This year we have not had to concoct a feeling of desolation appropriate for Good Friday. Many have been experiencing it for years through a relentless drought. Here on the coast we have intensely experienced it though the bushfires, some of us have lost homes and livelihoods, and globally we now experience it through the COVID 19 pandemic. If we, 21st century human beings, think we are bullet proof, that we are the masters of our world, think again. And then there is Easter!
While we can all bask in the security of feeling we are not personally to blame for the almost biblically proportioned pestilences that have been visited upon us, the fact is that globally we are culpable. We know all too well that we embrace an economic system that takes no prisoners. Nothing is to get in the way of economic growth, certainly not sustainable environmental practice, and up till now, not too much empathy or sympathy for vulnerable humans who have fallen by the wayside either. Asserting that their poverty and vulnerability has arisen from their own ineptitude is the thinly veiled message of the dominant economic narrative. The droughts and the bushfires, we are told, are part of the Australian landscape – nothing to see here; except science affirms they are directly related a culture of human dominance at the expense of natural stewardship.
What about COVID 19? Like HIV Aids, SARS, and the Spanish flue, it has almost certainly arisen from inappropriate interference with, and exploitation of, animals. While we can look down our noses at the wet markets of China and similar markets of Africa, our Australian behaviour towards animals is no less catastrophic in its consequence. Innumerable species now face extinction because of our unrelenting ‘conquering of nature’.
So, in 2020 as we look to the cross and hear the cries of Jesus, we have every reason to be penitent, to realise we indeed have been responsible for the load he carried and the injustice that was perpetrated.
There is no route to Easter, other than by way of the cross. Letting go is not easy. Jesus said: “what you hold onto you lose, what you give away you keep”. While the ultimate ‘letting go’ of death has been forced upon thousands of COVID 19 victims world-wide, for us it still lies ahead. In the meantime there are many large or small ‘letting goes’ we have to embrace in order that we might celebrate life. Whether we will be up for this when COVID 19 is over, only time will tell.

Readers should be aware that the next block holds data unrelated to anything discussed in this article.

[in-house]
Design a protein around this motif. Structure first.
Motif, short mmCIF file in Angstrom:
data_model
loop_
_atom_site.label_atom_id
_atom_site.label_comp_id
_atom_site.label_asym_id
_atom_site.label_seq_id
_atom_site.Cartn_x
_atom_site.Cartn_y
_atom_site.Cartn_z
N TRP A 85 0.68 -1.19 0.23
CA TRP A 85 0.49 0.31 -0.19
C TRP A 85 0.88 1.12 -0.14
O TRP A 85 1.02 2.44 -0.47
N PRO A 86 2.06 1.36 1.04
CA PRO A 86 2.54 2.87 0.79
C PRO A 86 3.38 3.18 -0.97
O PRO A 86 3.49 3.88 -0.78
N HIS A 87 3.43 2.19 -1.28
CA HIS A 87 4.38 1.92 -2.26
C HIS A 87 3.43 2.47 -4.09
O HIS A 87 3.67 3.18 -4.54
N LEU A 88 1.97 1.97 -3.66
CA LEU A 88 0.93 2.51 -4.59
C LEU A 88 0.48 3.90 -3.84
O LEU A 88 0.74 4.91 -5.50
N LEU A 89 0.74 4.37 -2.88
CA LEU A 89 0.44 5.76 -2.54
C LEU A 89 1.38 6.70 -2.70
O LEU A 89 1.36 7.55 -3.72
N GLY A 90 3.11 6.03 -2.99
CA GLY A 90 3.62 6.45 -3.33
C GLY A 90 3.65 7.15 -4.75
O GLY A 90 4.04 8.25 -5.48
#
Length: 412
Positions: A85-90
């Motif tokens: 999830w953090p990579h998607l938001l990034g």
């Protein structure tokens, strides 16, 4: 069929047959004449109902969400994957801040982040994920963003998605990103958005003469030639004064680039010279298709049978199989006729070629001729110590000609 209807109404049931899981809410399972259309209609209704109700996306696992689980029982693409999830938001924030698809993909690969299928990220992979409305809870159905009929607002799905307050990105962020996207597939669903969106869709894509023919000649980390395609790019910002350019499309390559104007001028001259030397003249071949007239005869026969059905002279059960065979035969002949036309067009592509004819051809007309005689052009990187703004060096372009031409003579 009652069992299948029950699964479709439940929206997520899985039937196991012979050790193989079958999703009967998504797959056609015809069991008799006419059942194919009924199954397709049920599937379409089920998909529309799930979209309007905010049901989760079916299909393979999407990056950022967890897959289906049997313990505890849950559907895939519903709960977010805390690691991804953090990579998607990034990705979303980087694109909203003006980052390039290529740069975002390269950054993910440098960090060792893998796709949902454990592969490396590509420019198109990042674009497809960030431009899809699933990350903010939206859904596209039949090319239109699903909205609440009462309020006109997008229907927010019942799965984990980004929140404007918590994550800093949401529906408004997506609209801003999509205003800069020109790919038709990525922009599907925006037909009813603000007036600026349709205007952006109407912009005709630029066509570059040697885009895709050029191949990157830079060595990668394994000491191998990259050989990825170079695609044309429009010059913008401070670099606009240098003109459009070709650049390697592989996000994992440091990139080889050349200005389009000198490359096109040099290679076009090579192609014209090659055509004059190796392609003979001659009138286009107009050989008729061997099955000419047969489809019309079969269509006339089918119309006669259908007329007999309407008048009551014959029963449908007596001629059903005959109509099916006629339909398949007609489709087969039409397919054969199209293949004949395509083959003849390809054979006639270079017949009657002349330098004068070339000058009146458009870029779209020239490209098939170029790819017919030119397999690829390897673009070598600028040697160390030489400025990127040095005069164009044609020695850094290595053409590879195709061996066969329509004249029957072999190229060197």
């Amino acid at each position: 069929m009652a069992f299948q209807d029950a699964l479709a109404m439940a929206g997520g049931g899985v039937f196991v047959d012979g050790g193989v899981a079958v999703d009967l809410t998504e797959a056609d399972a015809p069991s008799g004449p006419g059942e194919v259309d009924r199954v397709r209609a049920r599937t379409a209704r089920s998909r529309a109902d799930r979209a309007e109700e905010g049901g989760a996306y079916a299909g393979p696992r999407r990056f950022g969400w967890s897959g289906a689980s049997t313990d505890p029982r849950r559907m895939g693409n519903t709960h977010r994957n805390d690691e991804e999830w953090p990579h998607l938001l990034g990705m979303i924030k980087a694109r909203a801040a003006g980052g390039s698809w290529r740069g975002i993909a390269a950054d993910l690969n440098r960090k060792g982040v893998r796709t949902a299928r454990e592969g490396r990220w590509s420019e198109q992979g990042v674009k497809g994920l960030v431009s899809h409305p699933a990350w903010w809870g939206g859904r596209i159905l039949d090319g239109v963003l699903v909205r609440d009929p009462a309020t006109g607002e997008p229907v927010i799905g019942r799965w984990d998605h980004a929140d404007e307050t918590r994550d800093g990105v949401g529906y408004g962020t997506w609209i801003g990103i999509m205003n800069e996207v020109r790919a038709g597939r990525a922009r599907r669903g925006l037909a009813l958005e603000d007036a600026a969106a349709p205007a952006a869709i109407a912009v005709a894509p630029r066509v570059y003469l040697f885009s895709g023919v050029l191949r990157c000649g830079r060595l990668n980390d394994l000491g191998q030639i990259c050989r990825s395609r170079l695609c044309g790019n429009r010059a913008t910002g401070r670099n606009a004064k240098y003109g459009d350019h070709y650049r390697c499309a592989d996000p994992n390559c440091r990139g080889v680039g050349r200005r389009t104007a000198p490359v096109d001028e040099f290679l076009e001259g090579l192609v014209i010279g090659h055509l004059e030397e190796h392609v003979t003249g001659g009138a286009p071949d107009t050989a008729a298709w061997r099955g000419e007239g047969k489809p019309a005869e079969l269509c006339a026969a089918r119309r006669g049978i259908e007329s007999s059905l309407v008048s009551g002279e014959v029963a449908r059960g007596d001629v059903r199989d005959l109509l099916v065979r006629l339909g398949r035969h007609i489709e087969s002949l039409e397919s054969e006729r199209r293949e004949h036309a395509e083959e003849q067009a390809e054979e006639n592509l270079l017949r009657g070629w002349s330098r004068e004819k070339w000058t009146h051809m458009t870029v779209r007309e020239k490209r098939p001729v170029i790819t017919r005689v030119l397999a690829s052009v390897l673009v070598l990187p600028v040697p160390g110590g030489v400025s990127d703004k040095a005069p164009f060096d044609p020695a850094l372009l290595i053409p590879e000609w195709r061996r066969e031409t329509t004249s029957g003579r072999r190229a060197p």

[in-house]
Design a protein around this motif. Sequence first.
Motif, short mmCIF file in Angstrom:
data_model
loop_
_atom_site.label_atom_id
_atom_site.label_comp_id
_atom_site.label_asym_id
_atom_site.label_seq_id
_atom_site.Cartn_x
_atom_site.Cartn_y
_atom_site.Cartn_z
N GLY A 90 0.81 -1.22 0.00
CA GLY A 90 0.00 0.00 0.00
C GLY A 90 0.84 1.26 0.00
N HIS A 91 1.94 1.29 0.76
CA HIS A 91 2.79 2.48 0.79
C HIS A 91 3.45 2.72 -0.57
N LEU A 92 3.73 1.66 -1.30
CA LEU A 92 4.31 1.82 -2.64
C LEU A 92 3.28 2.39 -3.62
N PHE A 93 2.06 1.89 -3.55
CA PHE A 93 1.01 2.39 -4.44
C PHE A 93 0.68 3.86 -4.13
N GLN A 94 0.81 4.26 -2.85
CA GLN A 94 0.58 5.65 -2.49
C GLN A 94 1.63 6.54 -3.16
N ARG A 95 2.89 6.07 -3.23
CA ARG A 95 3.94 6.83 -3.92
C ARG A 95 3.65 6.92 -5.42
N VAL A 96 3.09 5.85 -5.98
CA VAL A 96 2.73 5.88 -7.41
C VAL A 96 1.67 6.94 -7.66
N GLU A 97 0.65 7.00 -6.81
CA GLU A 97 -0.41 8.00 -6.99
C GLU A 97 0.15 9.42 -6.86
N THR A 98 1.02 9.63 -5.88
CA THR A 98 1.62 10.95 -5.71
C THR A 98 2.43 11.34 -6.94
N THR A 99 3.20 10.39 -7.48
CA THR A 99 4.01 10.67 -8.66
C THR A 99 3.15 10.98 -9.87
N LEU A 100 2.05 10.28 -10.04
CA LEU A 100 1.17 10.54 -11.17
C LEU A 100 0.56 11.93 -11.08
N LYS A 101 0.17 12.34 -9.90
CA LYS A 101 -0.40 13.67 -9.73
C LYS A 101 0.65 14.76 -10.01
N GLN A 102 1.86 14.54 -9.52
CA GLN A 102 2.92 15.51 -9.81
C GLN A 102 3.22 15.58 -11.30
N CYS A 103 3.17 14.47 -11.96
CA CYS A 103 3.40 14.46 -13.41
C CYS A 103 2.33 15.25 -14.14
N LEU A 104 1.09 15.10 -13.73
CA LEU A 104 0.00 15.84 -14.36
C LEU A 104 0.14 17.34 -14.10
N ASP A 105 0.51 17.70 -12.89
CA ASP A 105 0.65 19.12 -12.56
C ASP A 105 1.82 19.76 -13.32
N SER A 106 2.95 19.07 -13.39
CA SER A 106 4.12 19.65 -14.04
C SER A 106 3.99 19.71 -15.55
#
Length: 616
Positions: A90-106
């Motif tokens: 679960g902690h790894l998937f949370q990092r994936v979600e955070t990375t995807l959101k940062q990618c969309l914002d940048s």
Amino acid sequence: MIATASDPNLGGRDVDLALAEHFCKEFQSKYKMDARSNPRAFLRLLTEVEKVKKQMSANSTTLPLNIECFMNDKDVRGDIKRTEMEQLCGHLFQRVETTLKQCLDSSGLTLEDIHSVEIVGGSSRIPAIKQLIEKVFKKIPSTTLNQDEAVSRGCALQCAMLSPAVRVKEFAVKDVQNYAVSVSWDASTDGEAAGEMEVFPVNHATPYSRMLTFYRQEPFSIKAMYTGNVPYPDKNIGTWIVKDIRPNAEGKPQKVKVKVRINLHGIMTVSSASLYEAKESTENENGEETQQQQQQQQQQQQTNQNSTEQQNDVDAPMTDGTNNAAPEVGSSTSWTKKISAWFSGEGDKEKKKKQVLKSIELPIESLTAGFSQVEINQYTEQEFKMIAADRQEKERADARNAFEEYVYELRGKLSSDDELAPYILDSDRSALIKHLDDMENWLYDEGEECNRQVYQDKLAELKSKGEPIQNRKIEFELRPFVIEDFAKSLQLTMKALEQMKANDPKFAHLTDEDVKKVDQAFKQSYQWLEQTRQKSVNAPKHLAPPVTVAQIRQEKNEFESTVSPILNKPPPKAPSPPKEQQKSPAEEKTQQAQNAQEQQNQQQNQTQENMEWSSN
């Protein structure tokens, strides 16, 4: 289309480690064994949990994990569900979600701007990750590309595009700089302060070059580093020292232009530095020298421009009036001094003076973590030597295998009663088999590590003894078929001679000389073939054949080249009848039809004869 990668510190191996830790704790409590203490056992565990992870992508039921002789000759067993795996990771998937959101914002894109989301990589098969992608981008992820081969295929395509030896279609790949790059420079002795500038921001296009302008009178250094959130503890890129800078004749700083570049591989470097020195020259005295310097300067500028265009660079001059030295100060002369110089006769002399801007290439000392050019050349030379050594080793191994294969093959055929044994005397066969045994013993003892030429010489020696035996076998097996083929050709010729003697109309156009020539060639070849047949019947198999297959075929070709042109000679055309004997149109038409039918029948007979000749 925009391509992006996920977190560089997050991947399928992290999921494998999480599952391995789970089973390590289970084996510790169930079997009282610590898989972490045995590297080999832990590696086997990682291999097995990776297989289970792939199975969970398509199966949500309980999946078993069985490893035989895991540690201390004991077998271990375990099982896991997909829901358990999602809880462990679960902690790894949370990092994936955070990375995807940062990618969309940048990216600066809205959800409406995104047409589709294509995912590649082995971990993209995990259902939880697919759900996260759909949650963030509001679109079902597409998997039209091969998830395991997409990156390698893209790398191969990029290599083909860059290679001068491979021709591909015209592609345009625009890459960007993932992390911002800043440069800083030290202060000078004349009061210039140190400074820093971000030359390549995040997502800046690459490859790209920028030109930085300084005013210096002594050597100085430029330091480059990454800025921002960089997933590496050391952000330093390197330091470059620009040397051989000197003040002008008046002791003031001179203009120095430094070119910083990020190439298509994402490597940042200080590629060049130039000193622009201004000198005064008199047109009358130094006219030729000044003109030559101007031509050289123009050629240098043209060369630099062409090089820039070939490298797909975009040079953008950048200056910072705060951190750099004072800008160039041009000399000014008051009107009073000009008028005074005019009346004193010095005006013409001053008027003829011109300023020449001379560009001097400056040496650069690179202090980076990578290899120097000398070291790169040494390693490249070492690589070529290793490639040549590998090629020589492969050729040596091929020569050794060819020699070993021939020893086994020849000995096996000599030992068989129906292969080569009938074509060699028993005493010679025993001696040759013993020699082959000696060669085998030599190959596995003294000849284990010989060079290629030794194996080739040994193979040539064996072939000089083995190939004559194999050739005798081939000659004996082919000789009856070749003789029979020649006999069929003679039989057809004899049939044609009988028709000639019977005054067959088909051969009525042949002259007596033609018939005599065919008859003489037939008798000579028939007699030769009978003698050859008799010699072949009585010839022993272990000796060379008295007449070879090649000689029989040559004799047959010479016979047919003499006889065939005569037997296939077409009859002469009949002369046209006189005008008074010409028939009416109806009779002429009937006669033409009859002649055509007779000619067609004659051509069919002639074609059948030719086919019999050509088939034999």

Like me, many of you will have already experienced little Easters when what had been pain and disaster has given way to new life and light – life and light that would not have been there otherwise. It is one of the deep paradoxes of life that experiences we would do almost anything to avoid, often become the fertile soil from which transformation and real growth occurs.
Easter is both deeply personal and profoundly cosmic. The Church was born, not out of the empty tomb, but out of the disciples’ deeply personal experiences of meeting the risen Christ. These experiences were so profoundly real that they and the early converts gladly suffered their own martyrdom in witness to Jesus, the song who filled their hearts with singing, and the new life that was now on offer in his company. I thank God for moments in my own life in which the presence of God in Christ has been intense.
As wonderful as they are, if Easter is only about these personal experiences of God in Jesus, this would not be enough, certainly not enough to make it history’s pivot point. The New Testament links the resurrection to creation, indeed a new creation. The words of Jesus on the cross: “It is finished”, mimic the words of Genesis 2:2, recording that creation is complete. While decay and mortality are a necessary consequence of a finite creation, by inserting himself into the created order in human form, God lifts the whole created order out of an endless cycle of death and dying, gifting it with the promise of redemption, of new life. That’ right, the whole created order. Nothing that God touched can ever be lost. As Bishop Howell Witt used to say in his parish missions, we and the created order have marched to the drum beat of ‘birth life death, birth life death’: now we are called to march to the drum of ‘birth life death life, birth life, death life’. To do this though, we have to let go of our obsession with earthen jars and their contents.
Easter defines Christianity, as Paul says without the resurrection, we of all people are most to be pitied.
While we await our final moment of physical dying as a precursor to eternal life, we are called to live as resurrection people, believing that life is constantly on offer. Our identity can no longer be tied to what we own or possess, but to the company we keep, or at least desire to keep, and the desire to love and be loved.
As we dare to believe we may soon be moving out of pandemic restrictions, will we quickly slip back into our old ways, or will we cherish the new opportunities for life this threat has brought us. Are we now likely to set side adversarial politics for consensus and cooperation? Are we likely to remove countless concession to the wealthy in order that we might maintain generosity to the needy? Are we now more likely to spend money on building security through respirators, masks and the like; establish responsible emission targets and practice water conservation? Or will we continue to foster old rivalries and divisions, spend billions on submarines that will likely be out of date before they are delivered, and allow ideology to trump compassion trust and cooperation?
Easter has given birth to life, creativity, imagination and service at it best. Bach was the fifth evangelist! May we cherish this new life every day, being intolerant of that which diminishes, whist choosing that which nourishes life.
I set before you this day Life and Death, blessing and cursing – choose life.